The Waveform Transmitter‘s editor, Ste Knight, returns with a new selection of his favourite releases from the past week or so, featuring Overland, Bryan Chapman, and The Narcoleptic on singles/EPs, and Timmy Regisford on album of the week.
The past week-to-ten-days has proven fruitful, once again, in terms of the new releases that have landed across the sonic landscape. Generally, when there is such copious amounts of bounty on offer, I really struggle to whittle down my favourites when it comes to the Editor Selects column. However, this week it was relatively easy, as the productions I’ve rounded up here shone out, shoulders above their peers.
As usual, we have three EPs and one album that have made the cut for this edition of Editor Selects. So without further ado, lets see what we’ve got.
Overland Forever in Transit EP (Naive)
Opening track Anxiety starts off on a heavier tip, with industrial kicks embedded in a seething snake pit of dark, squirming acid. Virtuous takes on a more warehouse-y, acid techno vibe, with pulsating rhythms underpinned by a tremendous bassline from the little silver box – reminiscent of Hardfloor.
On the flip, the acid enters a more ethereal vein for the standout track on the EP. The 303 incorporated into this composition is nothing short of beautiful. Haunting, and rich in melancholy, Trance Dream is one of those tracks that generates arms-outstretched moments on any dancefloor as the sound whisks you clean out of the room and into an alternate dimension.
The closing track, Transit, is another exercise in low-slung electronica, as the crunching claps pierce through some tribal synth work, before the sound bursts open like a euphoric sunrise for the final third. This is a stunning EP, buy it.
Bryan Chapman Sila EP (Monotony)
The back end of 2018 saw Bryan Chapman release his debut album, 7 Shadows and Iron Lungs, on his own Monotony imprint. His Sila EP follows suit, with a four-tracker that stands firmly in the techno domain.
From the off, Gallus takes you firmly in Chapman‘s grip. Echoing beats rattle hypnotically over a driving kick, before a devilish synth rises in intensity to deliver a killer break. This segues us nicely into the equally mesmerising Aim Your Arrows at the Sun. Whether we are Bryan‘s arrows or not, he fires us onto an interstellar trajectory with track two, our soundtrack panning around the headspace in a most mesmerising fashion.
Headless Angels of Rotterdam is heavy on the bottom-end, with a thunderous kick and booming sub carrying aloft crackling clouds of static. This ushers in a wildly oscillating acid synth that drops in and out of the track, becoming muted one moment and then screaming into the conscious the next.
The last track, Hunza, seems to behave organically. The bass and lead synths dance in unison, with the lead reminding me of Aphex Twin‘s Digeridoo, in a tribal sense. The closer treats us to several peaks of intensity, ending the EP with messianic gusto. Get it, here.
The Narcoleptic Way Back EP
Underground Chicago house producer and DJ, The Narcoleptic, hits Cassy‘s brilliant Kwench Records with three tracks fresh outta the Windy City. If you are after a triple header of tasty house morsels, then this retro-dipped infusion should really get your earbuds zinging off in all directions.
The Dub Run of the title track, which opens the collection, is the kind of house music that really makes your neck snap. If anything was to be described as jacking, this is it; an ass-bouncin’ beat and pounding bassline giving this mix the kind of oomph that gets parties started. The Deep Run treats Way Back to a healthy dose of quintessential house organ, which evokes Innerzone Orchestra‘s Bug in the Bassbin.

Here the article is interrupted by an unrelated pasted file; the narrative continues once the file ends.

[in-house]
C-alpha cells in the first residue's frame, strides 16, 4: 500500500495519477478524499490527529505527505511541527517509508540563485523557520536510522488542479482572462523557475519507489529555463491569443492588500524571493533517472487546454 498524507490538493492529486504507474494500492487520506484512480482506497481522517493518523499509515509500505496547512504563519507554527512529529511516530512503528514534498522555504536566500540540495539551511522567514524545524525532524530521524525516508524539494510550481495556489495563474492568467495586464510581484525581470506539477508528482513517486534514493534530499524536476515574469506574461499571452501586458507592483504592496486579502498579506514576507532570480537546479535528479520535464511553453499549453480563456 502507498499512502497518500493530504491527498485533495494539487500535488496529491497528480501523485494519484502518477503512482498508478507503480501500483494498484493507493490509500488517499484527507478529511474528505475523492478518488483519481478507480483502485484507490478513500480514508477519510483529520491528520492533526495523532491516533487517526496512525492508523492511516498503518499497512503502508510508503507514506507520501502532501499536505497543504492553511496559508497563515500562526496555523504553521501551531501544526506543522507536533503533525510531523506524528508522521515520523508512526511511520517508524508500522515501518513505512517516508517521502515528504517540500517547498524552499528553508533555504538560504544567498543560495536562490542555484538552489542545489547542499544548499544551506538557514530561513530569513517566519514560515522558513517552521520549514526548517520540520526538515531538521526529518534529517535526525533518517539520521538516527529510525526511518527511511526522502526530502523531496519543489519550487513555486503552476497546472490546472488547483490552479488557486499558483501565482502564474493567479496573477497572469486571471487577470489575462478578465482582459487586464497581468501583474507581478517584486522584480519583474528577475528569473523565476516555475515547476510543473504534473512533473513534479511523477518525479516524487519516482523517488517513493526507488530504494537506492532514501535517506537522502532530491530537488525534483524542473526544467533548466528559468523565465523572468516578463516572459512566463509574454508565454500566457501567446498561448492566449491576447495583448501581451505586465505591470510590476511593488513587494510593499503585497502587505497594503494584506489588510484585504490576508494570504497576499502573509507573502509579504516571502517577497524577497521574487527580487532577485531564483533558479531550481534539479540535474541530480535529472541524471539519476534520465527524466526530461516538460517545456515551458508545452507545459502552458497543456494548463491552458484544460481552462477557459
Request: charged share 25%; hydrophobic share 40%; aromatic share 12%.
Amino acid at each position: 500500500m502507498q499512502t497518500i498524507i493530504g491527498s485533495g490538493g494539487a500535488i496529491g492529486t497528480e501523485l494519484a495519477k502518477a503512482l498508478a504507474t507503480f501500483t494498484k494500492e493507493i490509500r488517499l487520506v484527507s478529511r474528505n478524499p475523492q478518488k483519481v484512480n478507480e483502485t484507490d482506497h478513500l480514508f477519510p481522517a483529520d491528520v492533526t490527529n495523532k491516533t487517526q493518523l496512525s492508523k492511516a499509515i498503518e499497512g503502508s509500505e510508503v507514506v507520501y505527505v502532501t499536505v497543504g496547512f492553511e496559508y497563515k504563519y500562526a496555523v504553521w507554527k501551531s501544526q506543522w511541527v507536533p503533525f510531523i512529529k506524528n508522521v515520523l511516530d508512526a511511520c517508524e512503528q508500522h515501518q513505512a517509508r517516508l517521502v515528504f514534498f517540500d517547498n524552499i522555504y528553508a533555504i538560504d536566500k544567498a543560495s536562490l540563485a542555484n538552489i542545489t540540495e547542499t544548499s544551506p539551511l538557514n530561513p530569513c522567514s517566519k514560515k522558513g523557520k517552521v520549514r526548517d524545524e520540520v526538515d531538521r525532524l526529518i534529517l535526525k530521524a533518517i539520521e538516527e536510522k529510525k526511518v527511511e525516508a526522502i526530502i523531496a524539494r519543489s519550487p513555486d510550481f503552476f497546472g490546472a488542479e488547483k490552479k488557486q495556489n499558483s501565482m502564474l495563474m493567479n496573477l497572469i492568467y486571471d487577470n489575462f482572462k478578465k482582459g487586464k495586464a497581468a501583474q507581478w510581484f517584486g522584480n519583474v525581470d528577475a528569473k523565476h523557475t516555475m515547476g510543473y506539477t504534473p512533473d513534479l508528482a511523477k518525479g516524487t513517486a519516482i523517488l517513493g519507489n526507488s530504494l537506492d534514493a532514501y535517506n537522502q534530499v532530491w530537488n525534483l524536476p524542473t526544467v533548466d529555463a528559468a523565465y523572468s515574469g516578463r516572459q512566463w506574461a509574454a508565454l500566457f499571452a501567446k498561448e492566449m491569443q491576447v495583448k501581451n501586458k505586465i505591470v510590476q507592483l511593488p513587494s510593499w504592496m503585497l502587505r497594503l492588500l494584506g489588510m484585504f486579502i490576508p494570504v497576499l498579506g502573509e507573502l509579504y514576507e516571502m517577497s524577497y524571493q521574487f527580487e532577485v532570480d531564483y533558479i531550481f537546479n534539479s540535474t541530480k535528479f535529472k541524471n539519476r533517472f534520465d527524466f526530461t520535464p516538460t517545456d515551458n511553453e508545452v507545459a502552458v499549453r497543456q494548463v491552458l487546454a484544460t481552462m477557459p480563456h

The three-pack is rounded off with an energetic acid workout that crams a delightfully excitable bassline under some hi-NRG percussion. This is a peak time track if ever there was one, combining the 303 with some classic rave sample-ry to give those dancing muscles a serious dose of post-party jitters. I’d go mad to this shit in a club, and you would too, guaranteed. Grab it here.
Album of the Week
Timmy Regisford 7PM (Quantize Rcordings)
New York house producer, Timmy Regisford, heralds a return to the long-player with a sumptuous album, packed with delectable deep house that is guaranteed to yield genuine soul. Coming eight years post-At-the-Club, the album draws on the tropes of the sound, offering up several connotations that range from Big Apple Afro-house to significantly smokier jazz vibrations.
The skill of a producer lies in their ability to tell a story with their music, irrespective of genre. Regisford does this perfectly with 7PM, whether he is enlisting the heartfelt vocal embellishments of Tiger Wilson in album opener, Falling in Love, or taking on a more instrumental house vibe with the synth-drenched riff-out that is Rain Man. The album is rich in meaning and it is clear to the listener that Timmy has poured his soul into producing this record.
Felicia Graham layers her stirring delivery over two tracks; the epitomic deep-house of Smile, and the fluttering, disco-strung I Need You, and it is the use of soulful vocals on a number of the productions that makes this album stand out as a contemporary example of the classic house sound. Arnold Jarvis lends his talents to Lie to Me, a trip that no house-head is going to ever want to leave alone.
The album, too, has wonderful, cosmic moments, such as the other-worldly Mia Journey, that combines futuristic synth flourishes with string swells and a funky-as-hell drum pattern, or the mysticism incited by the captivating track, World.
This is an LP that I can safely say I will return to in the way I return to many of my favourite house albums. For me, it sits comfortably among deep house classics such as Theo Parrish‘s First Floor and Moodymann‘s Silentintroduction. Get a copy of the record, here.